5. Coconut Oil
All parts of the coconut are useful with the oil confirmed to possess antimicrobial and antiprotozoal activities.8 Some of its benefits are.
- It has a unique composition of fatty acids, sugars, vitamins, minerals, amino acids, and phytohormones.
- It is an excellent remedy for thyroid issues.
- It can also be safely used on acne prone skin for its antimicrobial properties and vitamin E content.
- It is also used to fade the acne scars and blemishes on the skin.
6. Avocado Oil
Avocado oil is extracted from the seed of the ripe avocado fruit. It can function as an emollient and can be used as a carrier oil in a cosmetic preparation or aromatherapy as it helps transport the active substances in the blend into the skin.9 Some excellent benefits of avocado oil include.
- It can function as an emollient and can be used as a carrier oil in a cosmetic preparation.
- In aromatherapy, it helps transport the active substances in the blend into the skin. It is effective in mobilizing and increasing the collagen of connective tissue in the skin.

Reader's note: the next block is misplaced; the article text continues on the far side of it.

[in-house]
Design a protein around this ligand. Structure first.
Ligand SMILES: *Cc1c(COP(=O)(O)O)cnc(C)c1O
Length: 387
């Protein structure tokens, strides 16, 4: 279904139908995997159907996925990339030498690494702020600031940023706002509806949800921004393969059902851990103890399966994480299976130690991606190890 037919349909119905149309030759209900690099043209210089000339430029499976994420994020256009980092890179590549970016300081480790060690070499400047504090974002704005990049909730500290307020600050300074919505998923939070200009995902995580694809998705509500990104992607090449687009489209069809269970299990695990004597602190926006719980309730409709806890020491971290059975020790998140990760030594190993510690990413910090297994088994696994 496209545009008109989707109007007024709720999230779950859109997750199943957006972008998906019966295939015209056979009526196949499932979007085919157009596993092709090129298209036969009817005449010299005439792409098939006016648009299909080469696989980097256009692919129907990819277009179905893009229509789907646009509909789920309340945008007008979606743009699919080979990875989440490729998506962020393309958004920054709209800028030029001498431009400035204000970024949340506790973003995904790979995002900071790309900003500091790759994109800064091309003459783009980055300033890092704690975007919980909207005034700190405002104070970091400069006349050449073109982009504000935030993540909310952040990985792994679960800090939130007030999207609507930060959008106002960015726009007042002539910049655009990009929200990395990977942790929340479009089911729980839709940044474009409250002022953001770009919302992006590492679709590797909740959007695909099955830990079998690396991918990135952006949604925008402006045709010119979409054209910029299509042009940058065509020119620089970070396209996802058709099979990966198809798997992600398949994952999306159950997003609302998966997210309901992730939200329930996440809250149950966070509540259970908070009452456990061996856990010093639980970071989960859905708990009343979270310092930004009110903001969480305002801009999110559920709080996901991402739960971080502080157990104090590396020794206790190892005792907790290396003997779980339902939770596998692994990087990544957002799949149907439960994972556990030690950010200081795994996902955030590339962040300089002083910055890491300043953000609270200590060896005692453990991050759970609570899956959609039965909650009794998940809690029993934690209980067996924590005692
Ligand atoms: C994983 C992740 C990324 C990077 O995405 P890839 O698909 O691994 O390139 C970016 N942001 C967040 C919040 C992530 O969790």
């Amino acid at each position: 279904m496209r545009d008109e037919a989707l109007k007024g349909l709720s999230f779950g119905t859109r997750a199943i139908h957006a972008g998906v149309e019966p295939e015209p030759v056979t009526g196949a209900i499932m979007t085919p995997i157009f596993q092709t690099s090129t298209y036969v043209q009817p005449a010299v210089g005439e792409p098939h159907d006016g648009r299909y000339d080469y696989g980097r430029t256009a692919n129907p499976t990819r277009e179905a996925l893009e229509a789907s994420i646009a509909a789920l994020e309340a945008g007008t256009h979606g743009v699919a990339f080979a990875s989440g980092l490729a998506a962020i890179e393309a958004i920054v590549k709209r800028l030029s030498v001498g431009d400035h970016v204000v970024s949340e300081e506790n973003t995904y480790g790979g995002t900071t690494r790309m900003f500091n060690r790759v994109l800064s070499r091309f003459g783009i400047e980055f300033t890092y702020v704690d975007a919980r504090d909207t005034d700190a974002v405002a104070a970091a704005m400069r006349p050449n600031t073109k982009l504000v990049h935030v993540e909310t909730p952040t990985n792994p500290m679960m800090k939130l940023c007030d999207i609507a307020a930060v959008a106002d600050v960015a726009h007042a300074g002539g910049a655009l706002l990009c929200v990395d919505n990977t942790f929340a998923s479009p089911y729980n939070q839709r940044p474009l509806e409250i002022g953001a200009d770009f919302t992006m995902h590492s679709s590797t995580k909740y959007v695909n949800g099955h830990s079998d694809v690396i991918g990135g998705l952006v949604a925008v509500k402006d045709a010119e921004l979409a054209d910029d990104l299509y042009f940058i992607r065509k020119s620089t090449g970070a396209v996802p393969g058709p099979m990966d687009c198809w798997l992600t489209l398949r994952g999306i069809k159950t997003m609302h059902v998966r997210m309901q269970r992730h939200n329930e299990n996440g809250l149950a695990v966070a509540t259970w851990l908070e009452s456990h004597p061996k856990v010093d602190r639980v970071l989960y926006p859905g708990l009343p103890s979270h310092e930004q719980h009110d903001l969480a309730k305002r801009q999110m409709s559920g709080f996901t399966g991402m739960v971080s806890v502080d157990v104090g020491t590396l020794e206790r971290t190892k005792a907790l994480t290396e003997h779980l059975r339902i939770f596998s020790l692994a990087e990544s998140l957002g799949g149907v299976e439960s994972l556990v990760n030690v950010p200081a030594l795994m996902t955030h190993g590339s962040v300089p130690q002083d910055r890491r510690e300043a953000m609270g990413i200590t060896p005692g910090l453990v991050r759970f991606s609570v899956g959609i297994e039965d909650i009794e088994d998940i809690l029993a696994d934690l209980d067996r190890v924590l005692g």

- It is effective in mobilizing and increasing the collagen of connective tissue in the skin.
- It is also known for its sunscreen effectiveness when compared to other naturally derived oils.
- It consists of mostly oleic, linoleic and linolenic acids, and a high concentration of vitamins A, D and E.
- It is effective in mobilizing and increasing the collagen of connective tissue in the skin
7. Sweet Almond Oil
The sweet almond oil is the most commonly used carrier oil.10 There are many benefits you can avail from this oil.
- The main dermatological use for sweet almond oil today is for moisturizing, pruritis, and inflammation of the skin.
- It is an antibacterial oil used for chapped lips, as an emollient and as a moisturizer.
- Almonds are a rich natural source of vitamin E and contain such essential oils as palmitic acid, linoleic acid.
- The dermatological application of this oil cures atopic dermatitis, eczema, acne, sunburn, psoriasis and so on.
- A five-minute hand massage using the blend of oils in a sweet almond carrier oil promotes relaxation and stress relaxation.
8. Wheat Germ Oil
The wheat germ is rich in essential vitamin E.11 Check out some of the benefits of wheat germ oil.
- It protects against diseases such as constipation, ischaemic, heart disease, the disease of the colon, appendicitis, obesity, and diabetes.
- The germ contains essential minerals, vitamins, zinc, copper, iron, and magnesium.
- Wheat germ oil is a highly rich unrefined oil which has richest sources of vitamin A, E, and D.
- It also has a high content of proteins and lecithin.